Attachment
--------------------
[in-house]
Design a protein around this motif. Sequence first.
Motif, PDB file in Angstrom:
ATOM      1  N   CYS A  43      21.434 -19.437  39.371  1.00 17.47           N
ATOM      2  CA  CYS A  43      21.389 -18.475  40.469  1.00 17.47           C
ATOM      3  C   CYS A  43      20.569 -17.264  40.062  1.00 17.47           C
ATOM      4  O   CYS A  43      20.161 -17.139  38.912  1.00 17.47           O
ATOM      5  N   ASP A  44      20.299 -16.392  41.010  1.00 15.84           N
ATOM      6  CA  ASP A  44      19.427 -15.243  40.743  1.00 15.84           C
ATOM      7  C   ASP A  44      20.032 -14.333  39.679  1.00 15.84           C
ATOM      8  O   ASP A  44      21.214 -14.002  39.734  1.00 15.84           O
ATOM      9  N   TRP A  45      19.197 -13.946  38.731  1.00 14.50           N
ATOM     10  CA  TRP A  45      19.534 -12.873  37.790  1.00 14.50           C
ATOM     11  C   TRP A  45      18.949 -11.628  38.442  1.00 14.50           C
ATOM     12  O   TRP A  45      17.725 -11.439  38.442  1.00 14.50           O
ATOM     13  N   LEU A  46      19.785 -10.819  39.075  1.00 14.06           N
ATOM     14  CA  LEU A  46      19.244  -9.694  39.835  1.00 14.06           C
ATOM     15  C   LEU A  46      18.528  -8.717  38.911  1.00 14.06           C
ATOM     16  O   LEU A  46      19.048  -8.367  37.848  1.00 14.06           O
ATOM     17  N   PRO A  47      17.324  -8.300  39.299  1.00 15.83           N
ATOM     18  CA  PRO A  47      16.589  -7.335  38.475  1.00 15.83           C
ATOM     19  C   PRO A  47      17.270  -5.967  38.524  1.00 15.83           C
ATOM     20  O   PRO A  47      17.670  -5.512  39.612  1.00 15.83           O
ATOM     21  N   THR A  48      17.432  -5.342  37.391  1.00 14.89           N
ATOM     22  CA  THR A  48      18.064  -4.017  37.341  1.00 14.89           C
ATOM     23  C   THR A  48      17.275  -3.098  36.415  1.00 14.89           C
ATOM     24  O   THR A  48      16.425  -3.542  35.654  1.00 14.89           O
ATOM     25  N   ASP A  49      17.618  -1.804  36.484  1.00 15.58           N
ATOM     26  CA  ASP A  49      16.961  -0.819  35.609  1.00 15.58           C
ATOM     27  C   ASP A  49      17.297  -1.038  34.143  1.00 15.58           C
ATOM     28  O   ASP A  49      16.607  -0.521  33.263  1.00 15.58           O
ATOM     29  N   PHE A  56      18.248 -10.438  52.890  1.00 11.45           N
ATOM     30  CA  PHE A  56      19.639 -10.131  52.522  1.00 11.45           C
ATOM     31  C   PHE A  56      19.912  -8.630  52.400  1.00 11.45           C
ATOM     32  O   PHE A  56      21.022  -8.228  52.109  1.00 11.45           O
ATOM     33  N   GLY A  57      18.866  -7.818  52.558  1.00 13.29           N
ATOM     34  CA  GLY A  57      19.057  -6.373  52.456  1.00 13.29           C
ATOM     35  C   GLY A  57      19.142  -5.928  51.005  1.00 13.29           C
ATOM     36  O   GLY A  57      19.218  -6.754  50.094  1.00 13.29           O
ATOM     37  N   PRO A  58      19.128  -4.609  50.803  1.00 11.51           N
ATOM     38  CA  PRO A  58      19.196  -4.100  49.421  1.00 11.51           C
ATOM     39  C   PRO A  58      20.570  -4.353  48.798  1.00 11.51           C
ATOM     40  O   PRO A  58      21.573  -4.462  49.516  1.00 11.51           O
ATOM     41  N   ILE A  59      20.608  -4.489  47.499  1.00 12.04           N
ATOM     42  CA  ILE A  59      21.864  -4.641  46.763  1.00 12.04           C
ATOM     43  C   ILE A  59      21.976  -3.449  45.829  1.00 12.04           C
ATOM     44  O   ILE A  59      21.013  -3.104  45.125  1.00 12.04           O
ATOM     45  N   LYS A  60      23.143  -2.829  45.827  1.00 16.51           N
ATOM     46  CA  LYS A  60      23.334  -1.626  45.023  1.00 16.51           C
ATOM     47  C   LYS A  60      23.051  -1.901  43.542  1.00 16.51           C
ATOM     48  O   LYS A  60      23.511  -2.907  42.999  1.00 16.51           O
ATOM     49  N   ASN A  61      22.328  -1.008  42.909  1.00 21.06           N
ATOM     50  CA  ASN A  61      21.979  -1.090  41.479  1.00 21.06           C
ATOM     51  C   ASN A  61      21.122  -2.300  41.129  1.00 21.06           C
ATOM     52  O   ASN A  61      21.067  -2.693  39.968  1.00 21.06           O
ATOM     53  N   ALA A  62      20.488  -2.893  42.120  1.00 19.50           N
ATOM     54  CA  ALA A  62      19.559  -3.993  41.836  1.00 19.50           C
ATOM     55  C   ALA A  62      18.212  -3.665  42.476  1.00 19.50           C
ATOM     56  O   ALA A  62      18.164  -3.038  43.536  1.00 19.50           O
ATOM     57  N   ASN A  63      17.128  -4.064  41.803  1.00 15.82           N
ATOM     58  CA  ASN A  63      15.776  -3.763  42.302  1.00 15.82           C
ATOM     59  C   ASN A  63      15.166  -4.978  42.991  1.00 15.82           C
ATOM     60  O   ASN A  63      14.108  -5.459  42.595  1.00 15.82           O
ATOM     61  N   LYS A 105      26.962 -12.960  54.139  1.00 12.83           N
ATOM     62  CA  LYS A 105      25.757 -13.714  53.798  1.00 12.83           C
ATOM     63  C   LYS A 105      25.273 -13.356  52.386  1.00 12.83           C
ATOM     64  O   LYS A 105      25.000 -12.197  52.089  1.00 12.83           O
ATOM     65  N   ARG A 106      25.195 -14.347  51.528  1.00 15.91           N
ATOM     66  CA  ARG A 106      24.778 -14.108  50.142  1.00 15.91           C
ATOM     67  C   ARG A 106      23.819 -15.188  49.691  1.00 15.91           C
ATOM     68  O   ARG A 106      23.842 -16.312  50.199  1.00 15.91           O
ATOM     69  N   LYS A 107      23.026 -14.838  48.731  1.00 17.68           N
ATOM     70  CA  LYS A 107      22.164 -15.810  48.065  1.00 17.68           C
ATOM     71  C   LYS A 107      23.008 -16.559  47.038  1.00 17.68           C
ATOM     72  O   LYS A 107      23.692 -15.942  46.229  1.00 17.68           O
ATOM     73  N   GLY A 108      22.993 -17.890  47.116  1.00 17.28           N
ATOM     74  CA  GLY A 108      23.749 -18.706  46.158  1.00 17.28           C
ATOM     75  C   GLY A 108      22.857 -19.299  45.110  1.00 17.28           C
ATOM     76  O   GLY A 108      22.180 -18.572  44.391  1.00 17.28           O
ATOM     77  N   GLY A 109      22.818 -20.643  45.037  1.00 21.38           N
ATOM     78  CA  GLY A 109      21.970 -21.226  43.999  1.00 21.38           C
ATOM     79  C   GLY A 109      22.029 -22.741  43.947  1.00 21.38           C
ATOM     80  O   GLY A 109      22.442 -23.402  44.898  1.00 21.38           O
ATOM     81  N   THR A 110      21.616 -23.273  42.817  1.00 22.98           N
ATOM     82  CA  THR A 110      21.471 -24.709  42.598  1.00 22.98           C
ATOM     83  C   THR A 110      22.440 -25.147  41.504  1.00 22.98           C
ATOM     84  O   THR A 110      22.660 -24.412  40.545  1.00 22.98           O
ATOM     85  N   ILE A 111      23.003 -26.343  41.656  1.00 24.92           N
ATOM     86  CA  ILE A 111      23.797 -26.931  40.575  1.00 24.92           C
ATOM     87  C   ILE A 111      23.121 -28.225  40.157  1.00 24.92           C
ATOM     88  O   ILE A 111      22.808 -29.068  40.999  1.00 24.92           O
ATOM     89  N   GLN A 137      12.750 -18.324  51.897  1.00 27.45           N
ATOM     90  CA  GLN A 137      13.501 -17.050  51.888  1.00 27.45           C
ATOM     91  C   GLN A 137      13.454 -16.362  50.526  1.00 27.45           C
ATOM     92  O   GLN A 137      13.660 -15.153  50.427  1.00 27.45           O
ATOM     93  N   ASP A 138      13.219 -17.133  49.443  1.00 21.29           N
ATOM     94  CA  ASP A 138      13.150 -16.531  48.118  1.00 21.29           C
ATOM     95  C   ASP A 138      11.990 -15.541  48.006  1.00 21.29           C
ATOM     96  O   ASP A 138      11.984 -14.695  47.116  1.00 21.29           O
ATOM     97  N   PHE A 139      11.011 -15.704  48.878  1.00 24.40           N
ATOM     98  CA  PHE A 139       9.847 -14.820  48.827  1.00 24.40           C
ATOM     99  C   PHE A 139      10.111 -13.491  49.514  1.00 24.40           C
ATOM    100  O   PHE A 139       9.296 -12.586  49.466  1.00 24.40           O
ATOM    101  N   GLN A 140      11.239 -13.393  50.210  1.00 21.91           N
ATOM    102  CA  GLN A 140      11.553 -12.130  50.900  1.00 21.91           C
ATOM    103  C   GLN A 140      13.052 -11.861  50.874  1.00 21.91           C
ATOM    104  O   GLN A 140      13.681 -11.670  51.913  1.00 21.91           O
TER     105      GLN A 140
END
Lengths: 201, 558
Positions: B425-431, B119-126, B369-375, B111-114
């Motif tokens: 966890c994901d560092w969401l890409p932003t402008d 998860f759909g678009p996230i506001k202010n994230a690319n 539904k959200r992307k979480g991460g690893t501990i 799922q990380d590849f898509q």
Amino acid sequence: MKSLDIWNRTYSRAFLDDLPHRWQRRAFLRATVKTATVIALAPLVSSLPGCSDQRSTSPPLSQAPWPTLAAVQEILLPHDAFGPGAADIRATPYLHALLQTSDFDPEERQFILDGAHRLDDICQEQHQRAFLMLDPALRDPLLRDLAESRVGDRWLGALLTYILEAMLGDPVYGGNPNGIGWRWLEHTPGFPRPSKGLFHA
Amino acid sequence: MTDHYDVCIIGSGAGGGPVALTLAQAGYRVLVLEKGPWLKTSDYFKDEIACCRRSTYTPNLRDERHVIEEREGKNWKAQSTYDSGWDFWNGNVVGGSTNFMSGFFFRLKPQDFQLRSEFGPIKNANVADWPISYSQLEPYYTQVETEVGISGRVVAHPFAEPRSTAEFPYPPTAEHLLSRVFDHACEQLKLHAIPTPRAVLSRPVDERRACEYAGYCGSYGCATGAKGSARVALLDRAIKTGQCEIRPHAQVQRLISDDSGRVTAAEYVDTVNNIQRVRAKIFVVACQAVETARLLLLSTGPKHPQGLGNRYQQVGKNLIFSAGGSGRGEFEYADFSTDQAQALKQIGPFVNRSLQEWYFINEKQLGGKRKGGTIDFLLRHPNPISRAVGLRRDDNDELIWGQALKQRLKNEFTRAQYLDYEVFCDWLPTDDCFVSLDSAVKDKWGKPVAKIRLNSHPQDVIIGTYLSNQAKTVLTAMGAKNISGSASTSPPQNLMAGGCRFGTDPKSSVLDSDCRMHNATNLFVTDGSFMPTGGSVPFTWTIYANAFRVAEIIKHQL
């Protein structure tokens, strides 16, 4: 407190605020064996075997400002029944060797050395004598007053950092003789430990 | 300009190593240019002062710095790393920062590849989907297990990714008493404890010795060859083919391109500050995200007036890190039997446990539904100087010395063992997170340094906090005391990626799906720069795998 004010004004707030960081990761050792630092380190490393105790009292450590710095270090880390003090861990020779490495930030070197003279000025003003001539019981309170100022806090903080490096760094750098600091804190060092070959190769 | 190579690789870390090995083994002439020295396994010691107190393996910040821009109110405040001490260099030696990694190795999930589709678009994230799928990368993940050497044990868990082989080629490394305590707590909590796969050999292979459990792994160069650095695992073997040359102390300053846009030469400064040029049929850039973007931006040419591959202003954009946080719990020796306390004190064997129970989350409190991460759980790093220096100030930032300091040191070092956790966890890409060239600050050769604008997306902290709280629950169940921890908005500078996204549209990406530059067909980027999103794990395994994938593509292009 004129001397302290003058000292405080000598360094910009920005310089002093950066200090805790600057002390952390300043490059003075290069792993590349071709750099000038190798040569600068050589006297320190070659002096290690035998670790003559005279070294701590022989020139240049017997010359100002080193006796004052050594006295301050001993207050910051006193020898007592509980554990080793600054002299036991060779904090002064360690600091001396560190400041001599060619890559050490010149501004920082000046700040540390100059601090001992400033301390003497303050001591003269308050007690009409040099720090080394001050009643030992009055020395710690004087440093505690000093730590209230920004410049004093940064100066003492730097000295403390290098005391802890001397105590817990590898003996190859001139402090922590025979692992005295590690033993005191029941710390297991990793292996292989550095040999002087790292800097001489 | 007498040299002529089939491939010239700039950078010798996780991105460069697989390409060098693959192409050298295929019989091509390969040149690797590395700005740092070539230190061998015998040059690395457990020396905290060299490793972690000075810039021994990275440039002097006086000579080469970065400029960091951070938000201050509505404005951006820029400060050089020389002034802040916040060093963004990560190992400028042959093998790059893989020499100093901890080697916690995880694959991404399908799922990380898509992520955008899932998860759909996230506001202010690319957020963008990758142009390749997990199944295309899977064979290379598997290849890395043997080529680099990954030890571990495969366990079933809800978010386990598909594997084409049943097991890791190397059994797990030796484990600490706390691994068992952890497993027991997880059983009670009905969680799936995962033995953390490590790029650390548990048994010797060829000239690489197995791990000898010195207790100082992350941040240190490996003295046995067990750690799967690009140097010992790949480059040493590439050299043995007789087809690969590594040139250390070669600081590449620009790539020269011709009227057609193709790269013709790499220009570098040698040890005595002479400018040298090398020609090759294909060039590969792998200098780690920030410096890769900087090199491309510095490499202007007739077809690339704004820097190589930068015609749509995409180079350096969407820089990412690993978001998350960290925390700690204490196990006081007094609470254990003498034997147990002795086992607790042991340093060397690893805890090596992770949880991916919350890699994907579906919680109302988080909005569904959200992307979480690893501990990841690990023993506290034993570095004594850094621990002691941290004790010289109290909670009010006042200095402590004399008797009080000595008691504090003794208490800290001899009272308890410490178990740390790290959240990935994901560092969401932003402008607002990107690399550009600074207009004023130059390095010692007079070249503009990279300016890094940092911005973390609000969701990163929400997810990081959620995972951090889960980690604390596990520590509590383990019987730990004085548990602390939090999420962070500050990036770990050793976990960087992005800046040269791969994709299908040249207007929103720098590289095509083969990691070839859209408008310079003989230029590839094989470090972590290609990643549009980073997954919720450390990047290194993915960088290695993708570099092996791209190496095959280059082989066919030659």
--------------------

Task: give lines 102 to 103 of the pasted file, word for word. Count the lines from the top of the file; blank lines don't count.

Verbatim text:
ATOM     99  C   PHE A 139      10.111 -13.491  49.514  1.00 24.40           C
ATOM    100  O   PHE A 139       9.296 -12.586  49.466  1.00 24.40           O